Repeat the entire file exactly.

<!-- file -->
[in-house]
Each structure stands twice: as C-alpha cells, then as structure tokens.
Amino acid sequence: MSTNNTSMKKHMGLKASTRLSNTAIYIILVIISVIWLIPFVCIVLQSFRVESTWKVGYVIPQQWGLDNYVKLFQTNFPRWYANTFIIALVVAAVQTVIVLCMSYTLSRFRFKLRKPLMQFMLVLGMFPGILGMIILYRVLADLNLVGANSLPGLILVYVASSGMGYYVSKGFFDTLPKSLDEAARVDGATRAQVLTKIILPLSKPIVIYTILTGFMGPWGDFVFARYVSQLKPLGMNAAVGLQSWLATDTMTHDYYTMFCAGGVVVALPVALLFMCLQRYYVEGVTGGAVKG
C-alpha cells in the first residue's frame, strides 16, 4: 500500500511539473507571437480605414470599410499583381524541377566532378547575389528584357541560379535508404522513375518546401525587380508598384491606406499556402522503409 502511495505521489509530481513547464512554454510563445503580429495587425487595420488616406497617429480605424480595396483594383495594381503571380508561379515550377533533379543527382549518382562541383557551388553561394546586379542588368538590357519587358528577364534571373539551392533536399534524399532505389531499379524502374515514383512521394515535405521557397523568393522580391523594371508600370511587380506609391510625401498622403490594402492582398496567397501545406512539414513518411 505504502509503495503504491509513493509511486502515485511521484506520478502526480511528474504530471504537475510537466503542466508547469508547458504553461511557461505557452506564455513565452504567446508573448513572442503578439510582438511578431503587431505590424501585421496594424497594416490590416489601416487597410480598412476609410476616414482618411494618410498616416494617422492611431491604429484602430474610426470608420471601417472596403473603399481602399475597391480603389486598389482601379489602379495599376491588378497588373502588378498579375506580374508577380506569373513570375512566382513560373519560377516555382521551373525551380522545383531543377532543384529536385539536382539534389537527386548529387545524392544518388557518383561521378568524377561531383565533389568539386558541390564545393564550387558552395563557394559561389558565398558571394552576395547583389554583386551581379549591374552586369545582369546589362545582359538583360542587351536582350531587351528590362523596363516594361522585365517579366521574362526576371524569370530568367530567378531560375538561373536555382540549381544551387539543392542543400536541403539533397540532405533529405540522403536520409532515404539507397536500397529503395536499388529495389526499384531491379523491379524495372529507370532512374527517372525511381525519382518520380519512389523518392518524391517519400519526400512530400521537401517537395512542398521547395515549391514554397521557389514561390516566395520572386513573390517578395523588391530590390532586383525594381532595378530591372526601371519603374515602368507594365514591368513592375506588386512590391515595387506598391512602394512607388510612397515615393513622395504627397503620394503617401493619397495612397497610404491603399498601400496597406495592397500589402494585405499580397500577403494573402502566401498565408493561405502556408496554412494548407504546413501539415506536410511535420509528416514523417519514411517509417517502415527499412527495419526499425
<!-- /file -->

[in-house]
Each structure stands twice: as C-alpha cells, then as structure tokens.
Amino acid sequence: MSTNNTSMKKHMGLKASTRLSNTAIYIILVIISVIWLIPFVCIVLQSFRVESTWKVGYVIPQQWGLDNYVKLFQTNFPRWYANTFIIALVVAAVQTVIVLCMSYTLSRFRFKLRKPLMQFMLVLGMFPGILGMIILYRVLADLNLVGANSLPGLILVYVASSGMGYYVSKGFFDTLPKSLDEAARVDGATRAQVLTKIILPLSKPIVIYTILTGFMGPWGDFVFARYVSQLKPLGMNAAVGLQSWLATDTMTHDYYTMFCAGGVVVALPVALLFMCLQRYYVEGVTGGAVKG
C-alpha cells in the first residue's frame, strides 16, 4: 500500500511539473507571437480605414470599410499583381524541377566532378547575389528584357541560379535508404522513375518546401525587380508598384491606406499556402522503409 502511495505521489509530481513547464512554454510563445503580429495587425487595420488616406497617429480605424480595396483594383495594381503571380508561379515550377533533379543527382549518382562541383557551388553561394546586379542588368538590357519587358528577364534571373539551392533536399534524399532505389531499379524502374515514383512521394515535405521557397523568393522580391523594371508600370511587380506609391510625401498622403490594402492582398496567397501545406512539414513518411 505504502509503495503504491509513493509511486502515485511521484506520478502526480511528474504530471504537475510537466503542466508547469508547458504553461511557461505557452506564455513565452504567446508573448513572442503578439510582438511578431503587431505590424501585421496594424497594416490590416489601416487597410480598412476609410476616414482618411494618410498616416494617422492611431491604429484602430474610426470608420471601417472596403473603399481602399475597391480603389486598389482601379489602379495599376491588378497588373502588378498579375506580374508577380506569373513570375512566382513560373519560377516555382521551373525551380522545383531543377532543384529536385539536382539534389537527386548529387545524392544518388557518383561521378568524377561531383565533389568539386558541390564545393564550387558552395563557394559561389558565398558571394552576395547583389554583386551581379549591374552586369545582369546589362545582359538583360542587351536582350531587351528590362523596363516594361522585365517579366521574362526576371524569370530568367530567378531560375538561373536555382540549381544551387539543392542543400536541403539533397540532405533529405540522403536520409532515404539507397536500397529503395536499388529495389526499384531491379523491379524495372529507370532512374527517372525511381525519382518520380519512389523518392518524391517519400519526400512530400521537401517537395512542398521547395515549391514554397521557389514561390516566395520572386513573390517578395523588391530590390532586383525594381532595378530591372526601371519603374515602368507594365514591368513592375506588386512590391515595387506598391512602394512607388510612397515615393513622395504627397503620394503617401493619397495612397497610404491603399498601400496597406495592397500589402494585405499580397500577403494573402502566401498565408493561405502556408496554412494548407504546413501539415506536410511535420509528416514523417519514411517509417517502415527499412527495419526499425